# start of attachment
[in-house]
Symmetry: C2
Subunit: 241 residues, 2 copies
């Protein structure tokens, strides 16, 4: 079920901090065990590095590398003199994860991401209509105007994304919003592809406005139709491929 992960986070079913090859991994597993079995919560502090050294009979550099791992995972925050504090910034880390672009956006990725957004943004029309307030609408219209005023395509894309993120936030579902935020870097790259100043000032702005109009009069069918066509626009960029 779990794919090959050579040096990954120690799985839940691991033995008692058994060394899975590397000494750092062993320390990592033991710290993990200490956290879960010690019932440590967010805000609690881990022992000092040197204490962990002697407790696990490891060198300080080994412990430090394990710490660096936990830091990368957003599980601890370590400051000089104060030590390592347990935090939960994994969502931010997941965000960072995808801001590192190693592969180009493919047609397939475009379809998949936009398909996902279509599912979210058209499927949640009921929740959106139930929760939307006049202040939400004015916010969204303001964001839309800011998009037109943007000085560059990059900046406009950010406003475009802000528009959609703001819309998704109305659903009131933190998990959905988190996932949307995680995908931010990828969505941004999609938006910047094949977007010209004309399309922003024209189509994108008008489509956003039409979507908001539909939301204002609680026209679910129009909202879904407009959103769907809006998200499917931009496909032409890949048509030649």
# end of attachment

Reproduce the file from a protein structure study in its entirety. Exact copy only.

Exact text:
[in-house]
Symmetry: C2
Subunit: 241 residues, 2 copies
């Protein structure tokens, strides 16, 4: 079920901090065990590095590398003199994860991401209509105007994304919003592809406005139709491929 992960986070079913090859991994597993079995919560502090050294009979550099791992995972925050504090910034880390672009956006990725957004943004029309307030609408219209005023395509894309993120936030579902935020870097790259100043000032702005109009009069069918066509626009960029 779990794919090959050579040096990954120690799985839940691991033995008692058994060394899975590397000494750092062993320390990592033991710290993990200490956290879960010690019932440590967010805000609690881990022992000092040197204490962990002697407790696990490891060198300080080994412990430090394990710490660096936990830091990368957003599980601890370590400051000089104060030590390592347990935090939960994994969502931010997941965000960072995808801001590192190693592969180009493919047609397939475009379809998949936009398909996902279509599912979210058209499927949640009921929740959106139930929760939307006049202040939400004015916010969204303001964001839309800011998009037109943007000085560059990059900046406009950010406003475009802000528009959609703001819309998704109305659903009131933190998990959905988190996932949307995680995908931010990828969505941004999609938006910047094949977007010209004309399309922003024209189509994108008008489509956003039409979507908001539909939301204002609680026209679910129009909202879904407009959103769907809006998200499917931009496909032409890949048509030649």